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Linguistic relativism

In the world, there are more than 5 000 languages. They are different according to the lexicon, the sound and graphic forms, the syntax or the morphology. Even if the languages are different, they are translatable with each other. In spite of their differences, they have a certain homology. Thus, the problem that arises is to realize the differences and similarities between languages, including linguistic relativism. To learn more about this theory, read this article.

The idea of linguistic relativism by Sapir and Whorf

The two authors of the early 20th century, Sapir and Whorf, worked on linguistic relativism. Both of them put forward the idea that the languages we use have an influence on our vision of the world. For them, two individuals, who speak different languages, would not have the same reaction, if they are confronted with the same situation.
The two authors therefore admit that language determines thought. In the same way, they also argue that the development of language influences the development of thought. To confirm this theory, Sapir says: “The instrument makes the product possible, the product refines the instrument”.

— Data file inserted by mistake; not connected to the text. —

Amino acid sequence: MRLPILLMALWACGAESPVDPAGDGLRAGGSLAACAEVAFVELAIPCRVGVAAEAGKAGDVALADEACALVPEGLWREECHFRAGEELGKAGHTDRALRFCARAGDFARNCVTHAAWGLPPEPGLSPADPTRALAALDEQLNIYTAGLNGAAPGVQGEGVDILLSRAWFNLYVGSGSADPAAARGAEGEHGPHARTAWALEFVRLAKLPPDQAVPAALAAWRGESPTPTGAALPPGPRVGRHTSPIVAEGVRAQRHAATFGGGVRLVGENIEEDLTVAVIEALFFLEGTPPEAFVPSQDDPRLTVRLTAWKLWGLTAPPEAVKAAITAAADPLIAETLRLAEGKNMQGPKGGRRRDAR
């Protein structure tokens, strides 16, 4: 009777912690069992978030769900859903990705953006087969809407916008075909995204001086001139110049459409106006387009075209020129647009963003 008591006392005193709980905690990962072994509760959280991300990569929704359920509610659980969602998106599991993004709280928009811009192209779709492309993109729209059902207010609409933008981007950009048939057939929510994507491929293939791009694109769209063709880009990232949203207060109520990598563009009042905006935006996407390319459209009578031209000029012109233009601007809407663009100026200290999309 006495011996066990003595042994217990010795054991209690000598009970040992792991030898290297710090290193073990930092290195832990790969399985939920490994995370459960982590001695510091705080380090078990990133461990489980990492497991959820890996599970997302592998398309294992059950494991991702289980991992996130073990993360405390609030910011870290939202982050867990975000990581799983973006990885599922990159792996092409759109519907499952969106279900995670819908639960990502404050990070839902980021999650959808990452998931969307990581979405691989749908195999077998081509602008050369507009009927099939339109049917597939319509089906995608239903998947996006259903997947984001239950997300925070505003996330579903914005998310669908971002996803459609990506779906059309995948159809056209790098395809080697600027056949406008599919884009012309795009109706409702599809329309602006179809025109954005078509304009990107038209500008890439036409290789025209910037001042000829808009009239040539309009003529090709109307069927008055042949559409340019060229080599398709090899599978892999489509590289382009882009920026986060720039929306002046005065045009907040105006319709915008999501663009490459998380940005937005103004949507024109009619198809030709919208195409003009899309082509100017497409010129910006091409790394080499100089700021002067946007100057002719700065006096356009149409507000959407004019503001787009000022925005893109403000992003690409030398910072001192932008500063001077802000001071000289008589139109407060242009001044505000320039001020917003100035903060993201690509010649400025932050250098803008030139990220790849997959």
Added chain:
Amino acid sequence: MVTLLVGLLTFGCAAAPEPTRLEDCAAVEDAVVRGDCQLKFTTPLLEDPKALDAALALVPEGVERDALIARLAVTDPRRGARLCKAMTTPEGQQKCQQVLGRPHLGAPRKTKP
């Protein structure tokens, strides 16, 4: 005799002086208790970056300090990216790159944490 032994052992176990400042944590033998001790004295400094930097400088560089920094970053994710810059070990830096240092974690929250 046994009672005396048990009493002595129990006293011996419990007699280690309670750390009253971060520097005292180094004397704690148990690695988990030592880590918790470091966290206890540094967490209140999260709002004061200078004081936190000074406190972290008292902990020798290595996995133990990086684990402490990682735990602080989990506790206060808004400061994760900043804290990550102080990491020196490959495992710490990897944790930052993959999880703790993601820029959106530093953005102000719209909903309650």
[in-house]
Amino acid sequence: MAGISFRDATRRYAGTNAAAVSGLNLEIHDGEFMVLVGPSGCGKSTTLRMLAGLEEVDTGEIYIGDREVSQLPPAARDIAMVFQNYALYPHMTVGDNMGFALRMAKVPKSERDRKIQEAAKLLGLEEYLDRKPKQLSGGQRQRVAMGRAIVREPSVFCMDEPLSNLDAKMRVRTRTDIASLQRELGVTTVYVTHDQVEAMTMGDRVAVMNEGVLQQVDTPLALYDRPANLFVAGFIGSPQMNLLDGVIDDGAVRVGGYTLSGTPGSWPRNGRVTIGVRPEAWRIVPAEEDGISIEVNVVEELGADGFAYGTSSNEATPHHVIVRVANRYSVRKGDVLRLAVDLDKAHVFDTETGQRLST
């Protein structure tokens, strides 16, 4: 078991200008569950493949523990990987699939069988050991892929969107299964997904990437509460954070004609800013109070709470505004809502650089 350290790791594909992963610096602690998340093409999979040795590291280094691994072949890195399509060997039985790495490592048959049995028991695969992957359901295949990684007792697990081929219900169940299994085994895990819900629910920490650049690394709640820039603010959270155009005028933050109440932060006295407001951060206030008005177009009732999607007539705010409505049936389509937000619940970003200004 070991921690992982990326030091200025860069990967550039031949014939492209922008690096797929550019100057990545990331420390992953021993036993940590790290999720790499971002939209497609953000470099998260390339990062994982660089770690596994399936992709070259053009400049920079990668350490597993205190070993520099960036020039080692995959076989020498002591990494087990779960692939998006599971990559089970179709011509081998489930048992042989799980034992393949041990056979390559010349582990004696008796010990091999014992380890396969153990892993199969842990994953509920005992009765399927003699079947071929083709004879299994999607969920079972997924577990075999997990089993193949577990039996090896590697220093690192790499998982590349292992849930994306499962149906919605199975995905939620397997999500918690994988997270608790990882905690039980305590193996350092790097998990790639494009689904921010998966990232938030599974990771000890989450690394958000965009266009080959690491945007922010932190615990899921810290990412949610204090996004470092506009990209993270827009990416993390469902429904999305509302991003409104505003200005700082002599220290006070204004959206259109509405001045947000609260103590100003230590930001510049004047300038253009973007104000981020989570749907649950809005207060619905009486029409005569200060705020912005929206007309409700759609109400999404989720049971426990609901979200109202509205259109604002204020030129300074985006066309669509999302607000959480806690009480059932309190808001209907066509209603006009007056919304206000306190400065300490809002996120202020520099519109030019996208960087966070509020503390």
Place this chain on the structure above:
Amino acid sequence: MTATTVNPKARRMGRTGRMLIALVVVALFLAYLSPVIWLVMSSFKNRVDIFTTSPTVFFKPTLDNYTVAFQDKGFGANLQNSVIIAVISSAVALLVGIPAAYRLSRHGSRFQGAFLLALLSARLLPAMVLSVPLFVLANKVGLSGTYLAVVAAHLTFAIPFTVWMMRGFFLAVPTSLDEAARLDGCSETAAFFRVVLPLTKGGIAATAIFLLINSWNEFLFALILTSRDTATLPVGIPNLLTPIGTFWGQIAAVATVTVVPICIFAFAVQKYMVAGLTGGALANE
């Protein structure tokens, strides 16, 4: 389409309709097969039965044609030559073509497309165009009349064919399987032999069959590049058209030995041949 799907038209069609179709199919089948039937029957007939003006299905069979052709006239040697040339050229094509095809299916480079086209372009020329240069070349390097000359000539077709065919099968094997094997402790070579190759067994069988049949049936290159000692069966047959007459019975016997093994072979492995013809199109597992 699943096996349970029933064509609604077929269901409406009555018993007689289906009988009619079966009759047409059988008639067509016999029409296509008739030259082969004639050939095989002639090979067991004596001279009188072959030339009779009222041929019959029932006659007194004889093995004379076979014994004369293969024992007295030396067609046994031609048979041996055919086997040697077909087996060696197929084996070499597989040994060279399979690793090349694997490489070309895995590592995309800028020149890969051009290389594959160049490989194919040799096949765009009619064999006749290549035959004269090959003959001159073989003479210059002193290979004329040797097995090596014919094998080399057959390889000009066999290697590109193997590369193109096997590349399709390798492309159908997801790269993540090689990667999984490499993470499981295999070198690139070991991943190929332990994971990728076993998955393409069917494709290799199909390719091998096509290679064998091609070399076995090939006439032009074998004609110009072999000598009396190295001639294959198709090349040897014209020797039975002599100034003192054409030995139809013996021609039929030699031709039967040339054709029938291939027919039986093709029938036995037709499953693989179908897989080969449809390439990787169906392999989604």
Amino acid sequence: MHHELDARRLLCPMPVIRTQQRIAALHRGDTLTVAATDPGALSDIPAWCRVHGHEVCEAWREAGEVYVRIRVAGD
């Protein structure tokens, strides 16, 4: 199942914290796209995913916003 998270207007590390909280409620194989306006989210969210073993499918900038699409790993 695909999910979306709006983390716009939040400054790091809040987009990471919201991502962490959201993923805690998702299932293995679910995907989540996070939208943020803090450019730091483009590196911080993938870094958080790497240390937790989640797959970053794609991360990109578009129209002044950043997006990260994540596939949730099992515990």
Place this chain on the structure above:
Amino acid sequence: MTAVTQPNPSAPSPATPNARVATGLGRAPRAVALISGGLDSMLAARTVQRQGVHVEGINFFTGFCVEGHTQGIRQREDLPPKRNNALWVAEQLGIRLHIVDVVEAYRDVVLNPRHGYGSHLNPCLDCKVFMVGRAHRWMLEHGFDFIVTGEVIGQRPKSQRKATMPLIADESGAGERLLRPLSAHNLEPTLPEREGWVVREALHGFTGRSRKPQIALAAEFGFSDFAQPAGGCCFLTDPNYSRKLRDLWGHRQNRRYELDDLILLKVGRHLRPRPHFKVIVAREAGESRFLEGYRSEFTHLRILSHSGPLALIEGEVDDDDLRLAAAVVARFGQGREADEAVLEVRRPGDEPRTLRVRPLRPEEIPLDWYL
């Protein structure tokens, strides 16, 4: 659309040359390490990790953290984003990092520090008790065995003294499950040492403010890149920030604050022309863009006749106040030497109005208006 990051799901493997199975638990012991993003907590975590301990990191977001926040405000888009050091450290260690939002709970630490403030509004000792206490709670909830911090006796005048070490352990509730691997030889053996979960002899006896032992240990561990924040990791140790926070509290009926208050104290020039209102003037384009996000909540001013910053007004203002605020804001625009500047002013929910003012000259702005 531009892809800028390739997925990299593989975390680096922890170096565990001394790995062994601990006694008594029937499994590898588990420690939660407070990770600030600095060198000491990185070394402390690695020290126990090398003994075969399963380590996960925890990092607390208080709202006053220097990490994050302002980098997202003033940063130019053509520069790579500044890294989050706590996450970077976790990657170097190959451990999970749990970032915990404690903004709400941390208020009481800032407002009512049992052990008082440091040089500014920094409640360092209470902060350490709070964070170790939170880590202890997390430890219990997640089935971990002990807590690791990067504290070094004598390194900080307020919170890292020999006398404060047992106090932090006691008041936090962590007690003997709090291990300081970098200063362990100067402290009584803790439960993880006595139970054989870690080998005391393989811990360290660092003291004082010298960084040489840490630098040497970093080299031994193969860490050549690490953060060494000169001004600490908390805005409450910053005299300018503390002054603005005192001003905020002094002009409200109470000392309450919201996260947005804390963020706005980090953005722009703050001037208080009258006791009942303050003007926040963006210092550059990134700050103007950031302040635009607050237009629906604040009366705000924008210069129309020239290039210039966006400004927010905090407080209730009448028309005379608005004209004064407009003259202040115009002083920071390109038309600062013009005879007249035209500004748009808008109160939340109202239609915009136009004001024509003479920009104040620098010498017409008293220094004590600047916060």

Criticism of the idea of linguistic relativism by Sapir and Whorf

The idea of linguistic relativism put forward by Sapir and Whorf has received much criticism. According to scientists, language is an innate biological function. This does not mean that if an individual does not have the words to describe a situation, he or she is not capable of thinking about it.
On the other hand, there are two anthropologists, Brent Berlin and Paul Kay, who also do not validate the theory of linguistic relativism by Sapir and Whorf. Brent Berlin and Paul Kay have studied color categories.
They put forward the theory of linguistic relativism of the color spectrum. For them, this theory has nothing to do with the structure of language, but rather with the physiology of the human retina.

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